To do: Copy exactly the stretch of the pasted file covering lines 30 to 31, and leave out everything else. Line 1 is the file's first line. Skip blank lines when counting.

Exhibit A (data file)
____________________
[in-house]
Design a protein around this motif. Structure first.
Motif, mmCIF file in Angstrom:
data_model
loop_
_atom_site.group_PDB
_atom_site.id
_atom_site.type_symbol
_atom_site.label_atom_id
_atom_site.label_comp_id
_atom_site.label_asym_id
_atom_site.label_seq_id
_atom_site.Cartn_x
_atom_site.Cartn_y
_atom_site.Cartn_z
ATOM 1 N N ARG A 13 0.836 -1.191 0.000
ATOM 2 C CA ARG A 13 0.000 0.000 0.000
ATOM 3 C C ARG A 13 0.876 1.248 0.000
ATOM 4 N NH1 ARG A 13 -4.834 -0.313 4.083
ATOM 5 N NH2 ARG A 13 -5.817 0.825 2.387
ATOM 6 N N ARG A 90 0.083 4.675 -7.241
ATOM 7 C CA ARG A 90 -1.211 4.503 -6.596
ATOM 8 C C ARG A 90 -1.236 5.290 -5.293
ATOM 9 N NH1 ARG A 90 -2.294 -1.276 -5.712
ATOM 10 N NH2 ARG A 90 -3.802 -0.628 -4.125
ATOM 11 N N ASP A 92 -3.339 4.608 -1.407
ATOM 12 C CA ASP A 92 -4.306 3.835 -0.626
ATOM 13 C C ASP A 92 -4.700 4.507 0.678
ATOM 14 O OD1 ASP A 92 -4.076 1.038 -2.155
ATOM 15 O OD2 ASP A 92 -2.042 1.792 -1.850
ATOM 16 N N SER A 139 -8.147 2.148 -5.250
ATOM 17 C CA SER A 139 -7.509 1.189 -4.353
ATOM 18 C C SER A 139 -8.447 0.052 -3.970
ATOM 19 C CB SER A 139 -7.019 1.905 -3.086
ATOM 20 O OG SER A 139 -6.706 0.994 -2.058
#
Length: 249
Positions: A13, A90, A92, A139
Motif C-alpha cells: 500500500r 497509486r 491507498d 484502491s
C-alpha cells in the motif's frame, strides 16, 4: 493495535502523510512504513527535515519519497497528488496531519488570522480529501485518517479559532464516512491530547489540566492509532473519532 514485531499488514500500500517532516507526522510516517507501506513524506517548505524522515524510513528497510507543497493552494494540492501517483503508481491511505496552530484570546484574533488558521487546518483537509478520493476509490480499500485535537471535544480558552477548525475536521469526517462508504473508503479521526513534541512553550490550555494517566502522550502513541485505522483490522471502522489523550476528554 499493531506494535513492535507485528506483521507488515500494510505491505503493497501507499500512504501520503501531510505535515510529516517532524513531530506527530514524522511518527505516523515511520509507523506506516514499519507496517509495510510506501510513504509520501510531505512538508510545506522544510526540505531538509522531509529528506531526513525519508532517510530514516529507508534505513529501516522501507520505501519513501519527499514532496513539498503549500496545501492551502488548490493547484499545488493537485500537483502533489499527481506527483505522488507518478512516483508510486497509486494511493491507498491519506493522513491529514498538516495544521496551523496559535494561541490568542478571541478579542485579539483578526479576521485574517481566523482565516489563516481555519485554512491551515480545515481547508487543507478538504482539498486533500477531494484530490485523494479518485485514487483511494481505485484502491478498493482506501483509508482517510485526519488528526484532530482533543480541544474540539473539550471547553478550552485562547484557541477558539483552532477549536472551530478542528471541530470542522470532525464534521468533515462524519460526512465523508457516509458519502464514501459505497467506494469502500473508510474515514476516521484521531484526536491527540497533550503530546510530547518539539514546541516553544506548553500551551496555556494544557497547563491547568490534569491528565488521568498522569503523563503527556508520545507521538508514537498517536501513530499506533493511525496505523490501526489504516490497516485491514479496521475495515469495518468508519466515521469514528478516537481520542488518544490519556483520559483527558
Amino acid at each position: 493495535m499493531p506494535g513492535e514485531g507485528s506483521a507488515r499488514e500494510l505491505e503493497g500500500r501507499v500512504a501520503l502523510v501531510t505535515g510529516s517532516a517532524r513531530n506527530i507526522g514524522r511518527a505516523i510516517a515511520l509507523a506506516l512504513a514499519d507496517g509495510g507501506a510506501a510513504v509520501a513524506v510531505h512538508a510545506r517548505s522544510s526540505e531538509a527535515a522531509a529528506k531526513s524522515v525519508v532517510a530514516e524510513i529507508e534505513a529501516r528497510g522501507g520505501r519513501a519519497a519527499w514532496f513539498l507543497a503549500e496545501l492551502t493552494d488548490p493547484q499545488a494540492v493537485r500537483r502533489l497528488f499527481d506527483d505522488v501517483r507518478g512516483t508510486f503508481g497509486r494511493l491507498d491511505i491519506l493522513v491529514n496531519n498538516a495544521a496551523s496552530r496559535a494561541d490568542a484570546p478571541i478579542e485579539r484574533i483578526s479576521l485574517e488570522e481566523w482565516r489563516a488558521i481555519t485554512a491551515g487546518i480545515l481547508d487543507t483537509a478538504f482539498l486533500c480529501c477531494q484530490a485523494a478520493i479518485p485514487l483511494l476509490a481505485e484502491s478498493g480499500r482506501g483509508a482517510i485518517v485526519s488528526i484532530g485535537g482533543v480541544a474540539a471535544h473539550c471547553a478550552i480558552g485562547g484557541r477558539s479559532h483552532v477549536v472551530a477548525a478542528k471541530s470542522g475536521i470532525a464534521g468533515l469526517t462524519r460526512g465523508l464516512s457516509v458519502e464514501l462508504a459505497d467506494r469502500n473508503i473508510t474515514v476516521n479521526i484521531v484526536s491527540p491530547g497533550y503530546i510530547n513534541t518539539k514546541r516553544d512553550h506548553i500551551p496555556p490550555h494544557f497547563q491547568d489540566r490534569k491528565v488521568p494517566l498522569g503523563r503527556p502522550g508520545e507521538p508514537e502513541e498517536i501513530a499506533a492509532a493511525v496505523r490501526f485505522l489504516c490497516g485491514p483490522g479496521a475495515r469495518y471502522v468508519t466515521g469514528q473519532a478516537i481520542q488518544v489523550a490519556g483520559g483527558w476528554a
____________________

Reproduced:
ATOM 15 O OD2 ASP A 92 -2.042 1.792 -1.850
ATOM 16 N N SER A 139 -8.147 2.148 -5.250